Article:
Cancer Worry in Women With Hereditary Risk Factors for Breast Cancer
Purpose/Objectives: To investigate symptom-based cancer worry in women who are at hereditary risk for breast cancer, specifically levels of worry, correlations of cancer worry, perceived cancer risk, and clinical signs or symptoms of breast cancer, as well as predictors of cancer worry.
Design: Cross-sectional, correlational.
Setting: Primarily the United States.
Sample: 200 women, aged 18-80, with no personal history of cancer, who met at least one established criterion of hereditary breast cancer risk were recruited primarily from a mammography facility and cancer prevention clinics or via network sampling.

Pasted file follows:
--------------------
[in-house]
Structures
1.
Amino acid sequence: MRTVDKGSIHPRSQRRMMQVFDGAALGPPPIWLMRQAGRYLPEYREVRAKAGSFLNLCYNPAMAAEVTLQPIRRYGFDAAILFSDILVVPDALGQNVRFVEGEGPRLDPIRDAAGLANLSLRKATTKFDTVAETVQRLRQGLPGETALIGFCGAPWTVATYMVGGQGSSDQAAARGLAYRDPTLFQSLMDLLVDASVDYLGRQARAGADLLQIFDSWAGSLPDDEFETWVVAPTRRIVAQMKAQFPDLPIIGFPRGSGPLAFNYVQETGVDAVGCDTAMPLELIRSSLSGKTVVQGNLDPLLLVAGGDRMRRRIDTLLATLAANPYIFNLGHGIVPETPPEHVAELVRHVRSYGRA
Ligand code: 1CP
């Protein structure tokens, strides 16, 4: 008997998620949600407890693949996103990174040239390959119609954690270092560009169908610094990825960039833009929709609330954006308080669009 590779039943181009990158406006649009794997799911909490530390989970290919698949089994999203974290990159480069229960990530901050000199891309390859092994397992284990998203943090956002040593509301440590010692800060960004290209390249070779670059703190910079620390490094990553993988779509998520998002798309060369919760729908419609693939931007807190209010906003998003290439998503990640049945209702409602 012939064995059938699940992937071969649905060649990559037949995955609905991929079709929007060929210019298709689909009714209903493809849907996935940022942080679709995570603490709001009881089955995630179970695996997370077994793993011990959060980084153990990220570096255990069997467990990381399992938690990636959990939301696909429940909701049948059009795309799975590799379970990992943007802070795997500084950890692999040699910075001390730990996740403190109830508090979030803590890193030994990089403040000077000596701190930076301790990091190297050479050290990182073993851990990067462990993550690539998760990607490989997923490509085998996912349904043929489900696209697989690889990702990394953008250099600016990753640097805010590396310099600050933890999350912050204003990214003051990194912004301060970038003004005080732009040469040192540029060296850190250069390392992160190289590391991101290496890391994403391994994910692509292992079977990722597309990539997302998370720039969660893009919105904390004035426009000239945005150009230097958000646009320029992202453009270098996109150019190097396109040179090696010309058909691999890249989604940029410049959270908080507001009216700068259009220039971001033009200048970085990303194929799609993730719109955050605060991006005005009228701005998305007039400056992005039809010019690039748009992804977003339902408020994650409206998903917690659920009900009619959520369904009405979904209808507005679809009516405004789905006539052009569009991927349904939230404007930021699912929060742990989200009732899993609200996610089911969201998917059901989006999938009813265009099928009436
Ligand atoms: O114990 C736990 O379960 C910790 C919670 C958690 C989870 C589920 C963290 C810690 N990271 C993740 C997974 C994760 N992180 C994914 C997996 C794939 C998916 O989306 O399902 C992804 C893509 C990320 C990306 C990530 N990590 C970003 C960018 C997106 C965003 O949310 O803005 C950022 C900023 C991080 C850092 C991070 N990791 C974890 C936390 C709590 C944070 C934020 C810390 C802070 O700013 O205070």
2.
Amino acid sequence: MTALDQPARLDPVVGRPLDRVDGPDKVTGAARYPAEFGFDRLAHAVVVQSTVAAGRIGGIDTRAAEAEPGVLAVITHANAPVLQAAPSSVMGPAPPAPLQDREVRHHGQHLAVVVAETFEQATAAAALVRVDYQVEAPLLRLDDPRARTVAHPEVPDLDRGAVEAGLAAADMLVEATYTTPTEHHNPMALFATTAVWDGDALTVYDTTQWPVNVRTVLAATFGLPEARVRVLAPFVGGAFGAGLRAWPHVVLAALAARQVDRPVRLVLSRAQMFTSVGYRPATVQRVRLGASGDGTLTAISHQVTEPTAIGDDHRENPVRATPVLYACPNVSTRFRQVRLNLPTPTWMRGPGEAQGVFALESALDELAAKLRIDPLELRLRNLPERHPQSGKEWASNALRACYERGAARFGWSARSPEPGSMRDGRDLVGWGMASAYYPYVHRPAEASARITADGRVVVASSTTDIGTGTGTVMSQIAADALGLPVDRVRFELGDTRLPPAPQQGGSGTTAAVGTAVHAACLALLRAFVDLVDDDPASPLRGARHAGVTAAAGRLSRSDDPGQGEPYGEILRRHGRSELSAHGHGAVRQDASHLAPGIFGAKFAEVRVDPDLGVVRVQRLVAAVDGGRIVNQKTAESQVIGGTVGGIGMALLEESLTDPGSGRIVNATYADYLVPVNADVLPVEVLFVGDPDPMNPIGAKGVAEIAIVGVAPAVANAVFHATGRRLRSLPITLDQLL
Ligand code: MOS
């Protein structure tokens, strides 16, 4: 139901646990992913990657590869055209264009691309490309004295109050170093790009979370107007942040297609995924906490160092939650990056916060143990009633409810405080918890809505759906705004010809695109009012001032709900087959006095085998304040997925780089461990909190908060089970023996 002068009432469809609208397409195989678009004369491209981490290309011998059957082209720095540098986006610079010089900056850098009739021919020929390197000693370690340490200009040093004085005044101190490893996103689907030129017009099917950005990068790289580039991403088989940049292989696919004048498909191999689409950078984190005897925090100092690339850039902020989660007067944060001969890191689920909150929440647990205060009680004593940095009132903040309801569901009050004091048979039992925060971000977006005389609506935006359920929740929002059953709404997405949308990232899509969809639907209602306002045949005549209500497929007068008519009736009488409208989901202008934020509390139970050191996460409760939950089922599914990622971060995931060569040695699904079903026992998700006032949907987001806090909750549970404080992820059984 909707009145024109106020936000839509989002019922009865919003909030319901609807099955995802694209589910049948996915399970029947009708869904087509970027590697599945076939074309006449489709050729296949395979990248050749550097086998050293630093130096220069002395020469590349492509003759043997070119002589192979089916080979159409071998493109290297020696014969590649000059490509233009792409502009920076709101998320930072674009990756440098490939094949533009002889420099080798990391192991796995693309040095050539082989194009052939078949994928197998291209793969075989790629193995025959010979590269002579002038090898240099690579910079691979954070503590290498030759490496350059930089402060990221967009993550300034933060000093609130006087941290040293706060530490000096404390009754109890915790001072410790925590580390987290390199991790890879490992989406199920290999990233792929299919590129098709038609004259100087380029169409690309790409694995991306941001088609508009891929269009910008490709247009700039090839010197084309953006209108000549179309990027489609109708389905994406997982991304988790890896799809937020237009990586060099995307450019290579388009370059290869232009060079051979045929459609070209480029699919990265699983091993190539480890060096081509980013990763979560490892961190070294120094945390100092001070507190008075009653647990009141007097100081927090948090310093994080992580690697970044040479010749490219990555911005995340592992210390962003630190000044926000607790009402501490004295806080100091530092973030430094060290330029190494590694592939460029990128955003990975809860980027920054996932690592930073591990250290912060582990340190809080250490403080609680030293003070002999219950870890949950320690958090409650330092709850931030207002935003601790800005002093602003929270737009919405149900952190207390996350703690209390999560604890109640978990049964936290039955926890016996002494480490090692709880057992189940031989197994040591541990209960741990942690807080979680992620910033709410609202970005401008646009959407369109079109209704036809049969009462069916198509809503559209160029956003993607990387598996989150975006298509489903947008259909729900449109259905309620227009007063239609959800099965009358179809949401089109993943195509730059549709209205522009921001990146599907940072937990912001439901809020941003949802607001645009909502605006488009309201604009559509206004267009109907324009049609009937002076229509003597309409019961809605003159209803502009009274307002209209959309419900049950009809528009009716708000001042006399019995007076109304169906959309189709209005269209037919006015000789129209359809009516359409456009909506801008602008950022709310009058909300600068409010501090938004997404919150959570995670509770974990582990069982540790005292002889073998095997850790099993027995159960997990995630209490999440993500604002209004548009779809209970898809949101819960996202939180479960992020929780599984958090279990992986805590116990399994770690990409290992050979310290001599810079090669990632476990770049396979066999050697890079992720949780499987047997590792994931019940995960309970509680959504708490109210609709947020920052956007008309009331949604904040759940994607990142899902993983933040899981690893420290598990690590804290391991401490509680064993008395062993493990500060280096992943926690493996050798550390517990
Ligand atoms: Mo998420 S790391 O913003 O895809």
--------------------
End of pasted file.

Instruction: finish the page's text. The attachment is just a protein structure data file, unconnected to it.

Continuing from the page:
Methods: Completion of the following self-report instruments: Thoughts About Cancer Scale and measures of clinical symptoms, perceived risk, and sample characteristics. Data analysis consisted of descriptive statistics, Pearson correlations, and binary logistic regression.
Main Research Variables: Cancer worry, total clinical signs of cancer, perceived cancer risk, age, and family history.
Findings: Participants sometimes worried about breast cancer but had more general breast cancer worry than worry based on perceived neutral or breast cancer-specific symptoms. Total clinical signs of breast cancer correlated significantly with cancer worry. Women aged 41-50 and those with more clinical signs of breast cancer were 3.76 and 1.49 times more likely to have high worry, respectively.
Conclusions: Moderate worry in high-risk women is not unusual. Total symptoms and younger age predict higher breast cancer worry, whereas perceived risk and family history do not.
Implications for Nursing: Counseling of young, high-risk women should include assessments of worry and clinical signs of breast cancer.